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#include <boost/multiprecision/float128.hpp>

namespace boost{ namespace multiprecision{

class float128_backend;

typedef number<float128_backend, et_off>    float128;

}} // namespaces

The float128 number type is a very thin wrapper around GCC's __float128 or Intel's _Quad data types and provides an real-number type that is a drop-in replacement for the native C++ floating-point types, but with a 113 bit mantissa, and compatible with FORTRAN's 128-bit QUAD real.

All the usual standard library and std::numeric_limits support are available, performance should be equivalent to the underlying native types: for example the LINPACK benchmarks for GCC's __float128 and boost::multiprecision::float128 both achieved 5.6 MFLOPS[3].

As well as the usual conversions from arithmetic and string types, instances of float128 are copy constructible and assignable from GCC's __float128 and Intel's _Quad data types.

It's also possible to access the underlying __float128 or _Quad type via the data() member function of float128_backend.

Things you should know when using this type:

float128 example:
#include <boost/multiprecision/float128.hpp>
#include <boost/math/special_functions/gamma.hpp>
#include <iostream>

int main()
   using namespace boost::multiprecision; // Potential to cause name collisions?
   // using boost::multiprecision::float128; // is safer.

The type float128 provides operations at 128-bit precision with Quadruple-precision floating-point format and have full std::numeric_limits support:

float128 b = 2;

There are 15 bits of (biased) binary exponent and 113-bits of significand precision

std::cout << std::numeric_limits<float128>::digits << std::endl;

or 33 decimal places:

std::cout << std::numeric_limits<float128>::digits10 << std::endl;

We can use any C++ std library function, so let's show all the at-most 36 potentially significant digits, and any trailing zeros, as well:

 std::cout.setf(std::ios_base::showpoint); // Include any trailing zeros.
std::cout << std::setprecision(std::numeric_limits<float128>::max_digits10)
   << log(b) << std::endl; // Shows log(2) = 0.693147180559945309417232121458176575

We can also use any function from Boost.Math, for example, the 'true gamma' function tgamma:

std::cout << boost::math::tgamma(b) << std::endl;

And since we have an extended exponent range, we can generate some really large numbers here (4.02387260077093773543702433923004111e+2564):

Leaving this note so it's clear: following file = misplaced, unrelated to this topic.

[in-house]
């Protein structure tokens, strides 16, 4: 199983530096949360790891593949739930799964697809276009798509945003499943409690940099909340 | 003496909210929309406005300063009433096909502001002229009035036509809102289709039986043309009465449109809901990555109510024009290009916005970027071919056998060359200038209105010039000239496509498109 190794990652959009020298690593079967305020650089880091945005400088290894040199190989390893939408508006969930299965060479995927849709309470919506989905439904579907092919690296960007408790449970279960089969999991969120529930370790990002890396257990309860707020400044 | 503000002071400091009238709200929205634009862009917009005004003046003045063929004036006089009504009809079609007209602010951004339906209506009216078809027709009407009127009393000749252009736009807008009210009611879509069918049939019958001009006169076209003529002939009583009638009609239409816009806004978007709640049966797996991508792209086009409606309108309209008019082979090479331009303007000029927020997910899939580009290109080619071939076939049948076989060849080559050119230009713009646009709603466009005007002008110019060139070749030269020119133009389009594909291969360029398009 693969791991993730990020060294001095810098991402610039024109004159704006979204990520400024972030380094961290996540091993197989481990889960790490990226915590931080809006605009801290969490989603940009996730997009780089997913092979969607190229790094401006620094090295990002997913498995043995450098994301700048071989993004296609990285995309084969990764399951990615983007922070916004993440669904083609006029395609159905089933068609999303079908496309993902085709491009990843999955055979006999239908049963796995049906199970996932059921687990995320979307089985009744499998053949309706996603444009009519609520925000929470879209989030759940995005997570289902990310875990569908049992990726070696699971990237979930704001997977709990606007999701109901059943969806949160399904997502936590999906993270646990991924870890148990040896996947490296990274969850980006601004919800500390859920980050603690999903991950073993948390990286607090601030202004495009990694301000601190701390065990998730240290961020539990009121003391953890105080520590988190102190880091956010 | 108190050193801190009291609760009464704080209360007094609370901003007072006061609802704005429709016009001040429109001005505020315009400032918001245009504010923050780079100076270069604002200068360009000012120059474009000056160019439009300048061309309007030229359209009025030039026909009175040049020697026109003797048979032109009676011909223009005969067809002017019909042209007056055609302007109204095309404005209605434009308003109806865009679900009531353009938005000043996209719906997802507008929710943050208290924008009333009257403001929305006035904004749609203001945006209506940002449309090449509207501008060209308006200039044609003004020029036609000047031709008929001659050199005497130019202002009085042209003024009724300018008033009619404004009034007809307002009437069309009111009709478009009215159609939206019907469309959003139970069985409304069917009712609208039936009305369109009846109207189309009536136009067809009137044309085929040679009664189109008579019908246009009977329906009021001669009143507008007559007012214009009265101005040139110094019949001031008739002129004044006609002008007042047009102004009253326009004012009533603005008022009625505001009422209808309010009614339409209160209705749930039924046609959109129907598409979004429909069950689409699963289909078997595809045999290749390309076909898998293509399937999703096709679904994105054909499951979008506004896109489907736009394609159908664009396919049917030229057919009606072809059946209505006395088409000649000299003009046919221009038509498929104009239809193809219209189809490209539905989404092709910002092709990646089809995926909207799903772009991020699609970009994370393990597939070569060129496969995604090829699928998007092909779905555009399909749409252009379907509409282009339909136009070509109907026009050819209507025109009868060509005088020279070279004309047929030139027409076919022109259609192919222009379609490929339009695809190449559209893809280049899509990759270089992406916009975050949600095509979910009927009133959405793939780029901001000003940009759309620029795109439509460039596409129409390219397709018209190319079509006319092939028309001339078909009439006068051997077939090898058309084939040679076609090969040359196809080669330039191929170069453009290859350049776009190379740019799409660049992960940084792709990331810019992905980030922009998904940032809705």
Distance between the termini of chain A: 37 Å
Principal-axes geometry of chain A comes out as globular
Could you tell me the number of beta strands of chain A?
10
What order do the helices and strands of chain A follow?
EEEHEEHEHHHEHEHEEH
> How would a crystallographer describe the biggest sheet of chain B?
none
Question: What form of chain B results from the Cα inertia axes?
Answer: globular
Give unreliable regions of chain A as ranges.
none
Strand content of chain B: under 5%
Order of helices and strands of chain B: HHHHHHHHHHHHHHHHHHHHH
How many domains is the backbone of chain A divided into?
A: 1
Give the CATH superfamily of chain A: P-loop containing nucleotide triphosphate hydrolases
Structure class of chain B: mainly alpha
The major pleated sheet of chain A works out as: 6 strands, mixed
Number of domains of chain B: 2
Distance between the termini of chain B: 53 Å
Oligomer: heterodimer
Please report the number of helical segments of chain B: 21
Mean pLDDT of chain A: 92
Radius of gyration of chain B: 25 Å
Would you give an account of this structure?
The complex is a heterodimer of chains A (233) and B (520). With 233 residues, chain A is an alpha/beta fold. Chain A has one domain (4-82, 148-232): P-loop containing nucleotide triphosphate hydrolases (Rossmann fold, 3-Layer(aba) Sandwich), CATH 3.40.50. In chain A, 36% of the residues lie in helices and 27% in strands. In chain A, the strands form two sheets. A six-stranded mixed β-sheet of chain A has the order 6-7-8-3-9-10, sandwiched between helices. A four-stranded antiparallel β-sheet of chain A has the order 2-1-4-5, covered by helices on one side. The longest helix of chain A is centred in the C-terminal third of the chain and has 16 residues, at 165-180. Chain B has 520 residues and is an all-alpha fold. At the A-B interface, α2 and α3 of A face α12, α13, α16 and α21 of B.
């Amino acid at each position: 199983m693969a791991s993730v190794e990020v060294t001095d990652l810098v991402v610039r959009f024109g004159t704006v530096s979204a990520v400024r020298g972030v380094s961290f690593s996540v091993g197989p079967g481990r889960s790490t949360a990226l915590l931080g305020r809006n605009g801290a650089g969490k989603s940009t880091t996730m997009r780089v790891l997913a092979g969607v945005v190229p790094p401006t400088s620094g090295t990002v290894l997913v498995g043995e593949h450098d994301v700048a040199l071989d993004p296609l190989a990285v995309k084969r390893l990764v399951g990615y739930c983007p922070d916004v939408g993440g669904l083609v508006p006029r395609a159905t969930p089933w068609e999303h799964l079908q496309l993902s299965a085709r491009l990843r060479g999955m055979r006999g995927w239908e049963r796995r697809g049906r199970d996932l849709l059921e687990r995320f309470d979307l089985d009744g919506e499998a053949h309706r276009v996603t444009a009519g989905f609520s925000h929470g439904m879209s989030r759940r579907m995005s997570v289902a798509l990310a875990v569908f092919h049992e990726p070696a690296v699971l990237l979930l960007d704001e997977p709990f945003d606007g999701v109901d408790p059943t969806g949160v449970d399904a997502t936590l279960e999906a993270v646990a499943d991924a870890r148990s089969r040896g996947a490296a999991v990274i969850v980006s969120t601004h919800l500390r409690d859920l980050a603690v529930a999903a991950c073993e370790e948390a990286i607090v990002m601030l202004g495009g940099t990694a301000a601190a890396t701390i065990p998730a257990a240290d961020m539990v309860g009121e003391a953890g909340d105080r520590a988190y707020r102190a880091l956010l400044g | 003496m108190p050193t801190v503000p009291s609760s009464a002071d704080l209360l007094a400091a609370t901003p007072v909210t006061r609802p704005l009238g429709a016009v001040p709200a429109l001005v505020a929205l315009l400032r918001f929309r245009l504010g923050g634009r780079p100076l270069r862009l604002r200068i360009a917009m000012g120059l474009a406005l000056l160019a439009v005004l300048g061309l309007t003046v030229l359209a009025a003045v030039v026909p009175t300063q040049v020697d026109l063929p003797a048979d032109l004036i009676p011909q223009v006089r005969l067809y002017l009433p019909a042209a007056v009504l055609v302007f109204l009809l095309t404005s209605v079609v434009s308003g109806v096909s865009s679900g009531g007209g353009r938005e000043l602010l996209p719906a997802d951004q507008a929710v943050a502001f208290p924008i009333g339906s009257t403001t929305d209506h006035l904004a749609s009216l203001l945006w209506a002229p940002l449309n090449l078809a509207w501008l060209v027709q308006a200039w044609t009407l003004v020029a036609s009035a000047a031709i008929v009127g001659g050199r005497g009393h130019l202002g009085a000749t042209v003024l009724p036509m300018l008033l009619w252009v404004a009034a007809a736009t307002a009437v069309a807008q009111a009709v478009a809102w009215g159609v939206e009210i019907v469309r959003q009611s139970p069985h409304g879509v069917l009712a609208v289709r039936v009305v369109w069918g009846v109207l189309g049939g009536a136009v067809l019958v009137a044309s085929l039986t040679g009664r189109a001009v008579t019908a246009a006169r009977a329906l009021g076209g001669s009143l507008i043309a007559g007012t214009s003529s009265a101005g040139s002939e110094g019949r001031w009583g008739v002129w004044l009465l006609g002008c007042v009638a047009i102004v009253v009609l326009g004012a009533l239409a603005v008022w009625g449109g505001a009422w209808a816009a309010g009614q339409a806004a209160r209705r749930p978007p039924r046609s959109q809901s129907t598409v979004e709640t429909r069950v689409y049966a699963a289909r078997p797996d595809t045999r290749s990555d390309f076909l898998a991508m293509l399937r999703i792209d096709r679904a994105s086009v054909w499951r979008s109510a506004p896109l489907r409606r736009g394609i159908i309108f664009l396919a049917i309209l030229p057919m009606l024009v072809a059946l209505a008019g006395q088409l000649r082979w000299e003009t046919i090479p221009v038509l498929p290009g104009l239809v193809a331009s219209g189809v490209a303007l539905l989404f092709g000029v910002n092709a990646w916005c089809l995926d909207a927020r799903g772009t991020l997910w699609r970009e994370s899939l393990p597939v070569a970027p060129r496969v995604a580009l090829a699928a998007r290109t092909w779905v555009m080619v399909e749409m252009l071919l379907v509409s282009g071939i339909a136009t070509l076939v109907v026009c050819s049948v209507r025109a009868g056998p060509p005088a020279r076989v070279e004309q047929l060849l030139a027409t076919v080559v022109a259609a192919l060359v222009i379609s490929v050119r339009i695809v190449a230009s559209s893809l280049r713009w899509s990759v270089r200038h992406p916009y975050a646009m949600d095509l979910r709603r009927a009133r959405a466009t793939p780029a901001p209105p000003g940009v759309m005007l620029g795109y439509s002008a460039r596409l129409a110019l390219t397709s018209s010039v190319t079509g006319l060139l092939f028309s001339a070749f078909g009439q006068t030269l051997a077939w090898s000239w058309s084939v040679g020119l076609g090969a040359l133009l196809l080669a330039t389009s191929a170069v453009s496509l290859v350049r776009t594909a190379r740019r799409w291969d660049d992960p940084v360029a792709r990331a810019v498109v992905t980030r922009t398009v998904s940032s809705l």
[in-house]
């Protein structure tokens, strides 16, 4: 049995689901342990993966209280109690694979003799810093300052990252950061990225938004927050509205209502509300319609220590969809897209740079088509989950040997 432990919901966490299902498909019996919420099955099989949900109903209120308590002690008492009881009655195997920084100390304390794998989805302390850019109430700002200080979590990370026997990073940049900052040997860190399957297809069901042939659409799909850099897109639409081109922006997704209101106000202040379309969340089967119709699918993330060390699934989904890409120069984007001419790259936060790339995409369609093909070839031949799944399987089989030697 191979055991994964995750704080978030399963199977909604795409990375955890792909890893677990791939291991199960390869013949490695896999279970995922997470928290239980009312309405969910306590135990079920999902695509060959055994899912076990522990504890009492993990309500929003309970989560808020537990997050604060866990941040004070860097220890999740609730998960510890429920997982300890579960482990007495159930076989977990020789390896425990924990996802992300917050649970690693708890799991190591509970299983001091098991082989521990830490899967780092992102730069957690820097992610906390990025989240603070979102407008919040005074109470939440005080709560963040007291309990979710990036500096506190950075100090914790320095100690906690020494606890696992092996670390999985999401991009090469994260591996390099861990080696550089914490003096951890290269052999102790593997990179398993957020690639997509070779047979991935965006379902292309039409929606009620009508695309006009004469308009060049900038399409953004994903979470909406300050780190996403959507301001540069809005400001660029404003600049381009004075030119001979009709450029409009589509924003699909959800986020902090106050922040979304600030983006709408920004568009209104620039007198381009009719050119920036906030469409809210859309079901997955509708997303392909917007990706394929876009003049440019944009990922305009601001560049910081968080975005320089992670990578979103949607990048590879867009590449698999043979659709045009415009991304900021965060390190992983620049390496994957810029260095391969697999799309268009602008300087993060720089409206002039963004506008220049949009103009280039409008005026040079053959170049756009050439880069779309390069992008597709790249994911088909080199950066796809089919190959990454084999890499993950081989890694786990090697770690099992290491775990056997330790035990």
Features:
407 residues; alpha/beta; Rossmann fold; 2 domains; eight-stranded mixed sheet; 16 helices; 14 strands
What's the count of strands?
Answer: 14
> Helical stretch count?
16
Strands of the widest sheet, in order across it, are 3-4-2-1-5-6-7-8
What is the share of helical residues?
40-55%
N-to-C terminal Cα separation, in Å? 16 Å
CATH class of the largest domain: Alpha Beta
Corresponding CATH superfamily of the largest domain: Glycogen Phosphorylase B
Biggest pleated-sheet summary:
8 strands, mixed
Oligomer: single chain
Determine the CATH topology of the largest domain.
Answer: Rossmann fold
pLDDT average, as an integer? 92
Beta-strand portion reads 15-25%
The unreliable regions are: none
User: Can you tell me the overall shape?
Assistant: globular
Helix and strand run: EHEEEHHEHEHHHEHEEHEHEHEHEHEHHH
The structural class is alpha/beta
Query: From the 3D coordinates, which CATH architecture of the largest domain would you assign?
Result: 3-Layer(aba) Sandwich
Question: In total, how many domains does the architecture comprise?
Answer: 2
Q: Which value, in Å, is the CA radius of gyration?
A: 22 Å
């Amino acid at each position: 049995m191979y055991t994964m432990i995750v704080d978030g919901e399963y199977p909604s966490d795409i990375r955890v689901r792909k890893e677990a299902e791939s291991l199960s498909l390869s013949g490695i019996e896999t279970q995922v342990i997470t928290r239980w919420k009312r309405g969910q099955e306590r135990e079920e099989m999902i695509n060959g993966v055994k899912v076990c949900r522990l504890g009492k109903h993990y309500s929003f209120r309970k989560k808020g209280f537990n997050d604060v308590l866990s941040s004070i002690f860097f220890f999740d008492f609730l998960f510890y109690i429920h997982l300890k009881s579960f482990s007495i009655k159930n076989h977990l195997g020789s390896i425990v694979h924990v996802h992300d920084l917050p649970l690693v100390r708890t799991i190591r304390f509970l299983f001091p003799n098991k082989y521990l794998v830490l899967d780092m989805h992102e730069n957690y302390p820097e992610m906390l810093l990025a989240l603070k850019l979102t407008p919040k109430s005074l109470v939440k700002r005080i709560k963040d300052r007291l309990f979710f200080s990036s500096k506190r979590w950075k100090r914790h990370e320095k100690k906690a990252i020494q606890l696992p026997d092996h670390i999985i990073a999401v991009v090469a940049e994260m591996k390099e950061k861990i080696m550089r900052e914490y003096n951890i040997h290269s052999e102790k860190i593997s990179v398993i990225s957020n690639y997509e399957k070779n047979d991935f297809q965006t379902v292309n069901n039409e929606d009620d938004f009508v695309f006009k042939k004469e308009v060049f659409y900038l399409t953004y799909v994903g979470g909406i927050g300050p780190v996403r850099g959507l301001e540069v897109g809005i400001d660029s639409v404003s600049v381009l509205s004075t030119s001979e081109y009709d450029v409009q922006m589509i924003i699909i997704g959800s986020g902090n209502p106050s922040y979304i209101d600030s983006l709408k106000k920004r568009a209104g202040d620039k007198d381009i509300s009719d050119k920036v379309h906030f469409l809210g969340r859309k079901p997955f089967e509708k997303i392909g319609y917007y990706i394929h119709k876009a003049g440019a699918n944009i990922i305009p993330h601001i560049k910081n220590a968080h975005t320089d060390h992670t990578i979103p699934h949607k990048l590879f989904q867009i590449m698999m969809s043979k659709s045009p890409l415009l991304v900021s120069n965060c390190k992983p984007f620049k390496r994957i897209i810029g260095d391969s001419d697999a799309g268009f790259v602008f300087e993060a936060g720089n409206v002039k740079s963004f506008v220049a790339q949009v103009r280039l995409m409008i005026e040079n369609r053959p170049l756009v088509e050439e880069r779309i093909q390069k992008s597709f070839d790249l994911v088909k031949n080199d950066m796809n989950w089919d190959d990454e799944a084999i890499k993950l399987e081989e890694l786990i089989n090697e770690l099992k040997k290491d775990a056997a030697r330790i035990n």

std::cout << boost::math::tgamma(float128(1000)) << std::endl;

We can declare constants using GCC or Intel's native types, and literals with the Q suffix, and these can be declared constexpr if required:

// std::numeric_limits<float128>::max_digits10 = 36
constexpr float128 pi = 3.14159265358979323846264338327950288Q;
std::cout << "pi = " << pi << std::endl; //pi = 3.14159265358979323846264338327950280

Values for std::numeric_limits<float128> are:

GCC 8.1.0

Type name is float128_t:
Type is g
std::is_fundamental<> = true
boost::multiprecision::detail::is_signed<> = true
boost::multiprecision::detail::is_unsigned<> = false
boost::multiprecision::detail::is_integral<> = false
boost::multiprecision::detail::is_arithmetic<> = true
std::is_const<> = false
std::is_trivial<> = true
std::is_standard_layout<> = true
std::is_pod<> = true
std::numeric_limits::<>is_exact = false
std::numeric_limits::<>is bounded = true
std::numeric_limits::<>is_modulo = false
std::numeric_limits::<>is_iec559 = true
std::numeric_limits::<>traps = false
std::numeric_limits::<>tinyness_before = false
std::numeric_limits::<>max() = 1.18973149535723176508575932662800702e+4932
std::numeric_limits::<>min() = 3.36210314311209350626267781732175260e-4932
std::numeric_limits::<>lowest() = -1.18973149535723176508575932662800702e+4932
std::numeric_limits::<>min_exponent = -16381
std::numeric_limits::<>max_exponent = 16384
std::numeric_limits::<>epsilon() = 1.92592994438723585305597794258492732e-34
std::numeric_limits::<>radix = 2
std::numeric_limits::<>digits = 113
std::numeric_limits::<>digits10 = 33
std::numeric_limits::<>max_digits10 = 36
std::numeric_limits::<>has denorm = true
std::numeric_limits::<>denorm min = 6.47517511943802511092443895822764655e-4966
std::denorm_loss = false
limits::has_signaling_NaN == false
std::numeric_limits::<>quiet_NaN = nan
std::numeric_limits::<>infinity = inf

[3] On 64-bit Ubuntu 11.10, GCC-4.8.0, Intel Core 2 Duo T5800.